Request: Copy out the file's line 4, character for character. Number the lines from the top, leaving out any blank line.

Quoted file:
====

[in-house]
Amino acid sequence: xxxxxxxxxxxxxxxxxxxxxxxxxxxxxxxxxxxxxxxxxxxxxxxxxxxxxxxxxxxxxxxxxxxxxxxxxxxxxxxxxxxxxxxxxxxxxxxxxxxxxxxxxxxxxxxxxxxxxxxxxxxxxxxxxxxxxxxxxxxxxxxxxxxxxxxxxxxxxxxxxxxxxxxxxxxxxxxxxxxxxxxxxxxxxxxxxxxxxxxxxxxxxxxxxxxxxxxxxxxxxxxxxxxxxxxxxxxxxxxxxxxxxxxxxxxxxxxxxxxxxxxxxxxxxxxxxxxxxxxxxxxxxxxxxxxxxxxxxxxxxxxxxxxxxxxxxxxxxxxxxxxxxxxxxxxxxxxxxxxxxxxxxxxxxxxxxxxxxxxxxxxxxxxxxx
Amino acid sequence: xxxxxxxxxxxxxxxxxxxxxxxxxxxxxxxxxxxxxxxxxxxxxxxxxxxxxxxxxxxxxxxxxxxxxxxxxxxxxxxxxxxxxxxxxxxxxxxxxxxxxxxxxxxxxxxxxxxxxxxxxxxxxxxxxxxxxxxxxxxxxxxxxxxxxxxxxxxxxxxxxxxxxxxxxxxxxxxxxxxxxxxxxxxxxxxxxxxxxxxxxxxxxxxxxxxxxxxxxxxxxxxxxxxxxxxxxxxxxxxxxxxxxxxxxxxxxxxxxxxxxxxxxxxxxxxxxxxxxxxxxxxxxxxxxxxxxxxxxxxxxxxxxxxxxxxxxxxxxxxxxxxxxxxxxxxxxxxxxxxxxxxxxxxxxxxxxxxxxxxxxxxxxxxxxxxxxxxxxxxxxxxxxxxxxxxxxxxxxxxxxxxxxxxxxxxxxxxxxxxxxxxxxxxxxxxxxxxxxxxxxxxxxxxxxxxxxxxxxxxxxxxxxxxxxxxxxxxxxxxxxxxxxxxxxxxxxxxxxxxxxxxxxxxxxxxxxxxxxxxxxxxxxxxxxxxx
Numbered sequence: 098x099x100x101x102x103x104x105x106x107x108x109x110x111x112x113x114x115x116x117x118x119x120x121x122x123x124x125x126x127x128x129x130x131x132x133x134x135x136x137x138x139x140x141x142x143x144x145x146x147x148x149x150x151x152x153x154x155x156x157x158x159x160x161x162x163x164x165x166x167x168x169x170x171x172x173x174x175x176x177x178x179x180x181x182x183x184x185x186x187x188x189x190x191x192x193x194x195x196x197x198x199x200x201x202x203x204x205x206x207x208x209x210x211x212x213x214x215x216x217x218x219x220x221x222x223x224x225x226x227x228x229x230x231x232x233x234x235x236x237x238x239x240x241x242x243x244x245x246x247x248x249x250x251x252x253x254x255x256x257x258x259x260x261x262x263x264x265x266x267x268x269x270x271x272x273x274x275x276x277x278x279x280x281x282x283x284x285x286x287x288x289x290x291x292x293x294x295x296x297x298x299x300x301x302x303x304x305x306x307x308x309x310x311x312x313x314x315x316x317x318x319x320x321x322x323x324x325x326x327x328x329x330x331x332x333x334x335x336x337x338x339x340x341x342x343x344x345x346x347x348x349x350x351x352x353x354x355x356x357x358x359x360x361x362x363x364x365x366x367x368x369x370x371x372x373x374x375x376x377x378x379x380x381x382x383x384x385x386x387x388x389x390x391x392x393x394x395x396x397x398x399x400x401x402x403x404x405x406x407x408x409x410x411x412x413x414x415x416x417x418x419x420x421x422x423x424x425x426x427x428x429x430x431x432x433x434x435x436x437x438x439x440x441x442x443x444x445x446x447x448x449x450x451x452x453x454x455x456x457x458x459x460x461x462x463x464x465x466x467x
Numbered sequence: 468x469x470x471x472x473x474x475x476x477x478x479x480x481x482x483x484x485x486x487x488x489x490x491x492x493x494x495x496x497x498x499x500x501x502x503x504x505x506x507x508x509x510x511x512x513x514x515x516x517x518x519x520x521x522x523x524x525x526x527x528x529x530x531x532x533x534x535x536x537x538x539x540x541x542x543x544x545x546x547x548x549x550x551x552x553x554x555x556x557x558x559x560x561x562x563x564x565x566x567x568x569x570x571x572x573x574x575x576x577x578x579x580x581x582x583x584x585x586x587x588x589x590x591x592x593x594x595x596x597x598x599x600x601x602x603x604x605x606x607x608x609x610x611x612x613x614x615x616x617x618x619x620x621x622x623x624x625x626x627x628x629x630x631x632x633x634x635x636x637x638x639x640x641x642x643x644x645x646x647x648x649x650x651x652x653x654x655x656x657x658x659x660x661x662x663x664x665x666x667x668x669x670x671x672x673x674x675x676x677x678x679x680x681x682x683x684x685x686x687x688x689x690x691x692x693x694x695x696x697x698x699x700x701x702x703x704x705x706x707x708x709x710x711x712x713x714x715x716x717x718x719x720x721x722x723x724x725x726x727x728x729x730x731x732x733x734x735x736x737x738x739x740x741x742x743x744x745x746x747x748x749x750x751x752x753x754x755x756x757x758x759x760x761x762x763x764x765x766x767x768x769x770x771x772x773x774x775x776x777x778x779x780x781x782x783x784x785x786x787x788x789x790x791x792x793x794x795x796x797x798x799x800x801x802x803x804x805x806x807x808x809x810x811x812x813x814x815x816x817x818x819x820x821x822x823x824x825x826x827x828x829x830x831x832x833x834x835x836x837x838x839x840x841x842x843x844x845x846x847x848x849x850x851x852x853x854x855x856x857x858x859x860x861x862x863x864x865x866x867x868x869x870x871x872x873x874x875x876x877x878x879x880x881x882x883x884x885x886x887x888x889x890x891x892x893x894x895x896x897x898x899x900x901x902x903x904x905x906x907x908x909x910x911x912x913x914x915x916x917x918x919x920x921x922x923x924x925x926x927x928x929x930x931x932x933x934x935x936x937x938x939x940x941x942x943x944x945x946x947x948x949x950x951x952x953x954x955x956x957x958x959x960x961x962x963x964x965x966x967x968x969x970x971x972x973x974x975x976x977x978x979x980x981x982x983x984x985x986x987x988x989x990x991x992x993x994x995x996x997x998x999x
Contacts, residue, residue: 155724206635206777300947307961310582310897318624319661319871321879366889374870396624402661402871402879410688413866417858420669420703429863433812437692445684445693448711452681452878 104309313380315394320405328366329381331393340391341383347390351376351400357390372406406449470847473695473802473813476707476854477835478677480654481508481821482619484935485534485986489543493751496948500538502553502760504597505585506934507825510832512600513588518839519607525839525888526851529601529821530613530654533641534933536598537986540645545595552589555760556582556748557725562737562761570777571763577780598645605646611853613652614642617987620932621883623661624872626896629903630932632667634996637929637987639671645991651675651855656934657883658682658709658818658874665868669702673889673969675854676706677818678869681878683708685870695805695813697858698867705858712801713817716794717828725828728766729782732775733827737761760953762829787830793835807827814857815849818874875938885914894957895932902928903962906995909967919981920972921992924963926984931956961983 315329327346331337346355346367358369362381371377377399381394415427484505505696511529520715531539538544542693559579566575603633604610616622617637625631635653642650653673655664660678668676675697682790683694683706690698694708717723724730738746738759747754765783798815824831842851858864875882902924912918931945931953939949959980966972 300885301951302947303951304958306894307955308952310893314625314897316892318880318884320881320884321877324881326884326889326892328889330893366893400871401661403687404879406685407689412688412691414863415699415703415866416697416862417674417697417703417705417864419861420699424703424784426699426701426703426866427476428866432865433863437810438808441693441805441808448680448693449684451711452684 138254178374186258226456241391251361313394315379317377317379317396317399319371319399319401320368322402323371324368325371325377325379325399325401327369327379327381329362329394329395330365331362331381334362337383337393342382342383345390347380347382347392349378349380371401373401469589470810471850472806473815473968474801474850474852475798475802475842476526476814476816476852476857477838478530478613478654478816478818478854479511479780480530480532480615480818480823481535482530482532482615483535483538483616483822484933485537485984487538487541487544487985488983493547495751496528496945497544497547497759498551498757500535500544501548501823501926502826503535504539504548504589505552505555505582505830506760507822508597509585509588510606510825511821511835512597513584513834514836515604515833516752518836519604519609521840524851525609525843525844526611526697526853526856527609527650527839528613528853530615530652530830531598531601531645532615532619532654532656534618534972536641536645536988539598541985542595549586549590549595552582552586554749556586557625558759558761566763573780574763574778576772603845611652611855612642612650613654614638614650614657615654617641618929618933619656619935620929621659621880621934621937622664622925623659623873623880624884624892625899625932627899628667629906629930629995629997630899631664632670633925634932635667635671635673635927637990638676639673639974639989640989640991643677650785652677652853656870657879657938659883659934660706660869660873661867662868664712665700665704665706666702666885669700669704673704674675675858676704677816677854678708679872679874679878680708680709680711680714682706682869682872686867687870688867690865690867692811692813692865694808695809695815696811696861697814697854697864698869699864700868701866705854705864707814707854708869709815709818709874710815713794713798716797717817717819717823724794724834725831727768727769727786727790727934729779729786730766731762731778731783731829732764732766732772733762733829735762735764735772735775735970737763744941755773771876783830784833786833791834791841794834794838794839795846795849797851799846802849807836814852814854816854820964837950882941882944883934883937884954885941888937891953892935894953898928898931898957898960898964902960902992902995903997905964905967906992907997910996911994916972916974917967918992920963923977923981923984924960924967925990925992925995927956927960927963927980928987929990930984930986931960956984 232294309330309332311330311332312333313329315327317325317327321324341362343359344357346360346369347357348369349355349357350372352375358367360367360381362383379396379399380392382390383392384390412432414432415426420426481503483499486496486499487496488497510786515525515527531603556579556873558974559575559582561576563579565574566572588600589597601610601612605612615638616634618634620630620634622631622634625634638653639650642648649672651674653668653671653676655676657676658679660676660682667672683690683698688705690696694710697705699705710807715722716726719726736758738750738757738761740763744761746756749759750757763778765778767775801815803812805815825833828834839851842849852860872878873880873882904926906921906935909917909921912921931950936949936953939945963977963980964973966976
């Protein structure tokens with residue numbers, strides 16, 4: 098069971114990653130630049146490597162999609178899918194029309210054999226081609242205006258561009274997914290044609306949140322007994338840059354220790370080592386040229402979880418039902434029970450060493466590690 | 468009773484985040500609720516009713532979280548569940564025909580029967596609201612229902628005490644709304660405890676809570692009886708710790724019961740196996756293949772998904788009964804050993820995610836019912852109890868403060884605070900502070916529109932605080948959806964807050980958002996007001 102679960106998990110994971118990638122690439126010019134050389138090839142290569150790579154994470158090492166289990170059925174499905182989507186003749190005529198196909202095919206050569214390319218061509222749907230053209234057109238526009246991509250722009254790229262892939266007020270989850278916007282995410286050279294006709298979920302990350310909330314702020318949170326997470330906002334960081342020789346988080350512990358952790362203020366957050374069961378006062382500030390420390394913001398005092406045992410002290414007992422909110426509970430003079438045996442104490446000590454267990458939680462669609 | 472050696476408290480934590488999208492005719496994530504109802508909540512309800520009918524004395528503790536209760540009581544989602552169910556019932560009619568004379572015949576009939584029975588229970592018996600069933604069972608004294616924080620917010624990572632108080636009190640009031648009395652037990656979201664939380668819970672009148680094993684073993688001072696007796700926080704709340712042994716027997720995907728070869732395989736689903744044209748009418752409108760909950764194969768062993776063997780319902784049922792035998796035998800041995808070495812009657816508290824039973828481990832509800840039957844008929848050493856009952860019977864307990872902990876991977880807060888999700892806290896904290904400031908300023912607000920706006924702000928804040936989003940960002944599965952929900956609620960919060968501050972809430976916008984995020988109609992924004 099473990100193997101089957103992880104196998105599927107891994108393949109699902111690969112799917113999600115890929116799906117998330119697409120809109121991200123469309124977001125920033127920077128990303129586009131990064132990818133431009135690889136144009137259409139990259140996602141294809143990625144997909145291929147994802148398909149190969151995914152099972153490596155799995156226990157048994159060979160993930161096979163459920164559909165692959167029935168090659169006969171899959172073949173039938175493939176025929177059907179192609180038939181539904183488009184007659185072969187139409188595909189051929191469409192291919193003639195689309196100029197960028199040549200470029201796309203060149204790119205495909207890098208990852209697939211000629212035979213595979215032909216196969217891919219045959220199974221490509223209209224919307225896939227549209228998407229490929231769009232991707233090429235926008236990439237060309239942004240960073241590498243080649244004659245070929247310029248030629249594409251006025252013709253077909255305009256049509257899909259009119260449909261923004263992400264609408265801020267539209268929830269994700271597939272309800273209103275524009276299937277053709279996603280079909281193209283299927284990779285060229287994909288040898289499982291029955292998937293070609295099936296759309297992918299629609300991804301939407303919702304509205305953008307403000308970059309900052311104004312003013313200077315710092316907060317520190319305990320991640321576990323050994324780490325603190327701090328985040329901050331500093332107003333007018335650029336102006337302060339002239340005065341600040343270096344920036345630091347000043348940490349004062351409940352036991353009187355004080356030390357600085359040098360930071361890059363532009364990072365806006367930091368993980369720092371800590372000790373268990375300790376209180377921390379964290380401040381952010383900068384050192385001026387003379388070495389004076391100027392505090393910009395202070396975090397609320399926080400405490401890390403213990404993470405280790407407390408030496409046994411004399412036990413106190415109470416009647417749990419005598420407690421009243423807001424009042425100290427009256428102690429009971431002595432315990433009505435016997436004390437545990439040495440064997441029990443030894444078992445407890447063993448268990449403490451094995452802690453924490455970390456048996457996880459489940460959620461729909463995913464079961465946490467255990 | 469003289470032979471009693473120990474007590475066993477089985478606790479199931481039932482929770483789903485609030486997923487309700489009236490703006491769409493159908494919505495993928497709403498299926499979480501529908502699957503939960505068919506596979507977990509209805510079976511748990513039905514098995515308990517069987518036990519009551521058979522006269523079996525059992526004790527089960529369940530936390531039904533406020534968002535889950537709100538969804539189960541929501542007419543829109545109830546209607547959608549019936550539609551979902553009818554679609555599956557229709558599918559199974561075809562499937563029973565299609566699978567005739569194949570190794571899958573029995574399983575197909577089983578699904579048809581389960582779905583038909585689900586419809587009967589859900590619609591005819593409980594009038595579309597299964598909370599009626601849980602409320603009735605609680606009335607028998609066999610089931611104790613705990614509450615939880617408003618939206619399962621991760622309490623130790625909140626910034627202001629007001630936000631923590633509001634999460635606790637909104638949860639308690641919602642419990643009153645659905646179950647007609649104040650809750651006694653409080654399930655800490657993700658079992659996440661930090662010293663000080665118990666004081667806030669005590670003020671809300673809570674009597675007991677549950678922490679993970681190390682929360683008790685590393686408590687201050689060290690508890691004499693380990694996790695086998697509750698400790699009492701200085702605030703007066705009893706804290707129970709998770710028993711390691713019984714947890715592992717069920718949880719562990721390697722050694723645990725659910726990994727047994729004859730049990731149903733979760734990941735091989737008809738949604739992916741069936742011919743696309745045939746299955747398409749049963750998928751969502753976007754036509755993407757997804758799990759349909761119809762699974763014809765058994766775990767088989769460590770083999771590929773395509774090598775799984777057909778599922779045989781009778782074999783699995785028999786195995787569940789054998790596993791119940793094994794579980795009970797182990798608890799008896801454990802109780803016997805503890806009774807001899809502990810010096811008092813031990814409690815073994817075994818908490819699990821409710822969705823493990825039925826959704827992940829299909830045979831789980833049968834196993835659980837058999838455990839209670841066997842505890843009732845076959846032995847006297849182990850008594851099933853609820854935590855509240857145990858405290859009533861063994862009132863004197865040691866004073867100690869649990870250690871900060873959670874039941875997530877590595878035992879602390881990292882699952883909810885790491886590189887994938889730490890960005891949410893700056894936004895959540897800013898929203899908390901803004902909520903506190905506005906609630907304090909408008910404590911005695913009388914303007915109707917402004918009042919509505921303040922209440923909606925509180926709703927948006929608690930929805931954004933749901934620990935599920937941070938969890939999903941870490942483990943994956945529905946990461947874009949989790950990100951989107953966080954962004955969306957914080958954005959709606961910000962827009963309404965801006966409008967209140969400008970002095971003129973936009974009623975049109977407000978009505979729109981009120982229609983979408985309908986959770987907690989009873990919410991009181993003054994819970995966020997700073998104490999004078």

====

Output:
Numbered sequence: 098x099x100x101x102x103x104x105x106x107x108x109x110x111x112x113x114x115x116x117x118x119x120x121x122x123x124x125x126x127x128x129x130x131x132x133x134x135x136x137x138x139x140x141x142x143x144x145x146x147x148x149x150x151x152x153x154x155x156x157x158x159x160x161x162x163x164x165x166x167x168x169x170x171x172x173x174x175x176x177x178x179x180x181x182x183x184x185x186x187x188x189x190x191x192x193x194x195x196x197x198x199x200x201x202x203x204x205x206x207x208x209x210x211x212x213x214x215x216x217x218x219x220x221x222x223x224x225x226x227x228x229x230x231x232x233x234x235x236x237x238x239x240x241x242x243x244x245x246x247x248x249x250x251x252x253x254x255x256x257x258x259x260x261x262x263x264x265x266x267x268x269x270x271x272x273x274x275x276x277x278x279x280x281x282x283x284x285x286x287x288x289x290x291x292x293x294x295x296x297x298x299x300x301x302x303x304x305x306x307x308x309x310x311x312x313x314x315x316x317x318x319x320x321x322x323x324x325x326x327x328x329x330x331x332x333x334x335x336x337x338x339x340x341x342x343x344x345x346x347x348x349x350x351x352x353x354x355x356x357x358x359x360x361x362x363x364x365x366x367x368x369x370x371x372x373x374x375x376x377x378x379x380x381x382x383x384x385x386x387x388x389x390x391x392x393x394x395x396x397x398x399x400x401x402x403x404x405x406x407x408x409x410x411x412x413x414x415x416x417x418x419x420x421x422x423x424x425x426x427x428x429x430x431x432x433x434x435x436x437x438x439x440x441x442x443x444x445x446x447x448x449x450x451x452x453x454x455x456x457x458x459x460x461x462x463x464x465x466x467x